Hyman A. Wilder obtrained the degrees Bachelor of Arts (BA, 1845) and Master of Arts (MA, 1848) at Williams College, Massachusetts, and completed his theological training at the East Windsor seminary in Connecticut, also in 1848. The next year he was ordained to the Congregational ministry and on 21 February 1849 married Abby T. Linsley, with whom he had a son and a daughter. He arrived in Natal as a missionary of the American Board of Commissioners for Foreign Missions in July 1849 and was soon appointed to the Mtwalume mission on the southern coast of the colony. He was a practical man and a good teacher, concentrating on industrial training. A textbook by him, Incwadi yezifundi (60p), was published in Durban in 1865. One of his interests was the mission's printing press, where some books in Zulu and the newspaper Inkanyezi Yokusa (The Morning Star) were printed.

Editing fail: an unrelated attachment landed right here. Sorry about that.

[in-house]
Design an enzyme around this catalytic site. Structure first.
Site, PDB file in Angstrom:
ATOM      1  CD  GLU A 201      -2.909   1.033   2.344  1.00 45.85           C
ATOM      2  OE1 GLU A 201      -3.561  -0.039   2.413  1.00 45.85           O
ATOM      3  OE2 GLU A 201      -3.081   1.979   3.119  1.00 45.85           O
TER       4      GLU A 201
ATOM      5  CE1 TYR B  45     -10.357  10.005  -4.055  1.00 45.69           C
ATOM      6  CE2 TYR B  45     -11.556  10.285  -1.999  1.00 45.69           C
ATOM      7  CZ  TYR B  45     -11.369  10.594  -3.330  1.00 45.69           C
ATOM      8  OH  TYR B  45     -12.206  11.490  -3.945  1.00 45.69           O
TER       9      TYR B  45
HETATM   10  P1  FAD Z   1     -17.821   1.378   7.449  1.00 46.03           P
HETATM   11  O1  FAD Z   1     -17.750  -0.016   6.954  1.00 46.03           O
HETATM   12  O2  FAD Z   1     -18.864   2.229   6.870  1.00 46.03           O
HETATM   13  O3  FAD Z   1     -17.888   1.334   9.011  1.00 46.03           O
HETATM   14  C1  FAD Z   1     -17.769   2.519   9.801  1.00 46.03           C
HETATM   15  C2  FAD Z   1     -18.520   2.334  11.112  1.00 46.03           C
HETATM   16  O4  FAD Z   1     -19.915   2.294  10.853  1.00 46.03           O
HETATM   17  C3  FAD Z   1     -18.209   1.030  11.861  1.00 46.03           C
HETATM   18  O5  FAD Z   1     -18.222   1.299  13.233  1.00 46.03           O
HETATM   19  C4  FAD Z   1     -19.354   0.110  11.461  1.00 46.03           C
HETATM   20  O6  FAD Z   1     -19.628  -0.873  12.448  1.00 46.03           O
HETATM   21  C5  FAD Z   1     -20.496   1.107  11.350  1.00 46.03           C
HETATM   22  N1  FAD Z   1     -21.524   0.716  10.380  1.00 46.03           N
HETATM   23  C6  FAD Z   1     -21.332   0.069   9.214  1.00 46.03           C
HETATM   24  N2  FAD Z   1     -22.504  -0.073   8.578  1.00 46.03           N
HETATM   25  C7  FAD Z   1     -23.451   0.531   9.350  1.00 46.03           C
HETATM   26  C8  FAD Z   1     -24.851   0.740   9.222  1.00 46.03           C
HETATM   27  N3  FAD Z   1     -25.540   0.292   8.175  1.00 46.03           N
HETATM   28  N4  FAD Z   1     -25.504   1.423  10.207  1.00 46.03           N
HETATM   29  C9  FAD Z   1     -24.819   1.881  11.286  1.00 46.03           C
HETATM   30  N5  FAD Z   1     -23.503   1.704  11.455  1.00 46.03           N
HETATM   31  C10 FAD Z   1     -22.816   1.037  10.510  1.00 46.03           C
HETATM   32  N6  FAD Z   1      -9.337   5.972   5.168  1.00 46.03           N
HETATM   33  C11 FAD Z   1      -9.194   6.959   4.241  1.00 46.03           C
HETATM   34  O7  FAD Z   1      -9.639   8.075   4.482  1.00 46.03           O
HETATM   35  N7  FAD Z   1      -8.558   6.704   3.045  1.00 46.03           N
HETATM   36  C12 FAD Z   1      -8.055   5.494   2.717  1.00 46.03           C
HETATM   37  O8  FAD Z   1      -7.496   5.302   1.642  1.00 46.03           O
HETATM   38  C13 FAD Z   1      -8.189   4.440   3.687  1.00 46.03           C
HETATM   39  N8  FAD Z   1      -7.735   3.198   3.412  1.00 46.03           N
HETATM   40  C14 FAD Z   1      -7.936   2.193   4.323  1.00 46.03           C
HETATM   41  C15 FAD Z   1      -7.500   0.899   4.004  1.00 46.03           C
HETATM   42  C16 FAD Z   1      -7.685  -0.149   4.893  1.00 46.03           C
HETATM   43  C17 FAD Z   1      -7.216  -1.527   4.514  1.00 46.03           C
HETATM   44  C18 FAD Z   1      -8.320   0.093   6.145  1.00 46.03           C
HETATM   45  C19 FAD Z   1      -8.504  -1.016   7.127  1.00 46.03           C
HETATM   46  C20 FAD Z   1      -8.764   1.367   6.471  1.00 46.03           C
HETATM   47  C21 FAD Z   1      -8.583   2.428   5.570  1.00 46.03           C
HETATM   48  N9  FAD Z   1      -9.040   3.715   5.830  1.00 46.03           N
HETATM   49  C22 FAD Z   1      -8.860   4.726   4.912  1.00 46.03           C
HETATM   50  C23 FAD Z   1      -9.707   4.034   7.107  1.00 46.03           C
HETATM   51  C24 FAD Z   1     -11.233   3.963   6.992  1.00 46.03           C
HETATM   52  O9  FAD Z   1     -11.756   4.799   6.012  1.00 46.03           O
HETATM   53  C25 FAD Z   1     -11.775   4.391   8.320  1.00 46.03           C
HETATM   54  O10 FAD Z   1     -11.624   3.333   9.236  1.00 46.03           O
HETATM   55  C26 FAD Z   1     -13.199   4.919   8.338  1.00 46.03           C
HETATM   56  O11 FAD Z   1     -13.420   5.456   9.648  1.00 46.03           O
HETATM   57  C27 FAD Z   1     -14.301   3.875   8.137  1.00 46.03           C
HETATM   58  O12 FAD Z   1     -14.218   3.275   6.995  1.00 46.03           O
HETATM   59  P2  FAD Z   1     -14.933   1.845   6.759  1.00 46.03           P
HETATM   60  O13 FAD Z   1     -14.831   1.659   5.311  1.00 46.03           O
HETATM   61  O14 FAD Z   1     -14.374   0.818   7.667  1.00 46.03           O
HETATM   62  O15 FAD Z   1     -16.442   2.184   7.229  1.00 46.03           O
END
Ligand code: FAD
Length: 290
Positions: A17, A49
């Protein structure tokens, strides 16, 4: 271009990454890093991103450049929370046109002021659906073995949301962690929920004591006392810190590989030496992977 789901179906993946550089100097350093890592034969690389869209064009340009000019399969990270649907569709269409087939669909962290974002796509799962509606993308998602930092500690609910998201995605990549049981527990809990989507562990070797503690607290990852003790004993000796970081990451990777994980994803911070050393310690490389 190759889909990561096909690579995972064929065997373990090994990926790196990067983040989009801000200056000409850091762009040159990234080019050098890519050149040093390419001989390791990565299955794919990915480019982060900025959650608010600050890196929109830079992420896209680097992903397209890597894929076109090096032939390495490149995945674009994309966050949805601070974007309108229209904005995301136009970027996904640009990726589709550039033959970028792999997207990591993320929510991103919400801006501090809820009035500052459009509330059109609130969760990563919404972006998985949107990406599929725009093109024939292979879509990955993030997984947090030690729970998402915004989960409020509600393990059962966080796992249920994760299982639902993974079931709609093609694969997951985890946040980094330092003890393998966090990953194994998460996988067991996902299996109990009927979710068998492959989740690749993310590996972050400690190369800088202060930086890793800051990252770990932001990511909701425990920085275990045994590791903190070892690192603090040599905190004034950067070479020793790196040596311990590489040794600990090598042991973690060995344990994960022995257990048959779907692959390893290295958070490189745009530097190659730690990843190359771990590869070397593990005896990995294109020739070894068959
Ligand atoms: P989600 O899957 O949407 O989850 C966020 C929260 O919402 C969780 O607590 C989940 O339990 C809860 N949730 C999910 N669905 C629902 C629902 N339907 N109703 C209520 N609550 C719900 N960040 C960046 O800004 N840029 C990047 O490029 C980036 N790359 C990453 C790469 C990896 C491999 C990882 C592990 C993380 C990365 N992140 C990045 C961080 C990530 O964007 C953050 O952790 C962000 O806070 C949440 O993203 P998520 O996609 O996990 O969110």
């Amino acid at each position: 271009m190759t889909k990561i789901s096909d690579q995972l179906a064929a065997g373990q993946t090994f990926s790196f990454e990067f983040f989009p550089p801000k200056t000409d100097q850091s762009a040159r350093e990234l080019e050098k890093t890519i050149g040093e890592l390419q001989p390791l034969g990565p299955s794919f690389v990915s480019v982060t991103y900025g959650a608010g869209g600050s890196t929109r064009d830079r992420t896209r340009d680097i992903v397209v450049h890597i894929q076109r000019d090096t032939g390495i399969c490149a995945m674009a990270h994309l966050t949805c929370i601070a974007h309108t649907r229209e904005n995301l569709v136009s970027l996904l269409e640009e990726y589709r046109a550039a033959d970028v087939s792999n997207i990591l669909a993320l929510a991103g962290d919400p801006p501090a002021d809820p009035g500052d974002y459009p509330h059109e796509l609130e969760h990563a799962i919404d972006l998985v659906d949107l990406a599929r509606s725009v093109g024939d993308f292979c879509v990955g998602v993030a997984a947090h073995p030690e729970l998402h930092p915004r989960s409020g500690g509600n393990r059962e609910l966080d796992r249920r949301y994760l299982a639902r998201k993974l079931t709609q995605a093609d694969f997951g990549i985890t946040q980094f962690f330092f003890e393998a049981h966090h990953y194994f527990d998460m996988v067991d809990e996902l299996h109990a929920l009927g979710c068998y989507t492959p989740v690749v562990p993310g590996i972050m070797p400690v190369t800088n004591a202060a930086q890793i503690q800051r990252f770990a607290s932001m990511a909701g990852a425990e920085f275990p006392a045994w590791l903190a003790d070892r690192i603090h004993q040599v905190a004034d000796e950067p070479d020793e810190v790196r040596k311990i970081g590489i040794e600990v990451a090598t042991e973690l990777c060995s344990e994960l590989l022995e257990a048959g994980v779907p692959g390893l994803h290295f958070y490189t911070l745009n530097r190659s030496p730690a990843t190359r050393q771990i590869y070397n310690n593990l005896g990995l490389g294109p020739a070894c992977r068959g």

Wilder was an excellent speaker and regularly lectured on various subjects, including astronomy. He also contributed articles to the local newspapers. One of these, "The natural geography of Natal", was published in the Supplement to the Natal Mercury in 1854 and also as a pamphlet (8p). Extracts from this paper were furthermore included in the Cape of Good Hope almanac... (e.g., 1857, pp. 265-267)). Also in 1854 he published "A description of Natal" in the Bulletin of the American Geographical and Statistical Society (Vol. 1(3), pp. 45-61). His interest in the practical application of scientific knowledge led him to import a portable sugar mill, which aroused commercial interest; sell rubber washers for use in machinery; become the first person to send seeds of Imphe sugar to the United States (in 1854); and export sorghum seeds to that country.
Wilder went on a visit to the United States in 1868, resuming his missionary work in September 1870. He became principal of the Adams Training School at Amanzimtoti in 1875, but that same year contracted dysentery while looking for a new mission site in the Umkomaas Valley. Unable to recover from his disease he retired in January 1877 and returned to the United States, where he died later that year.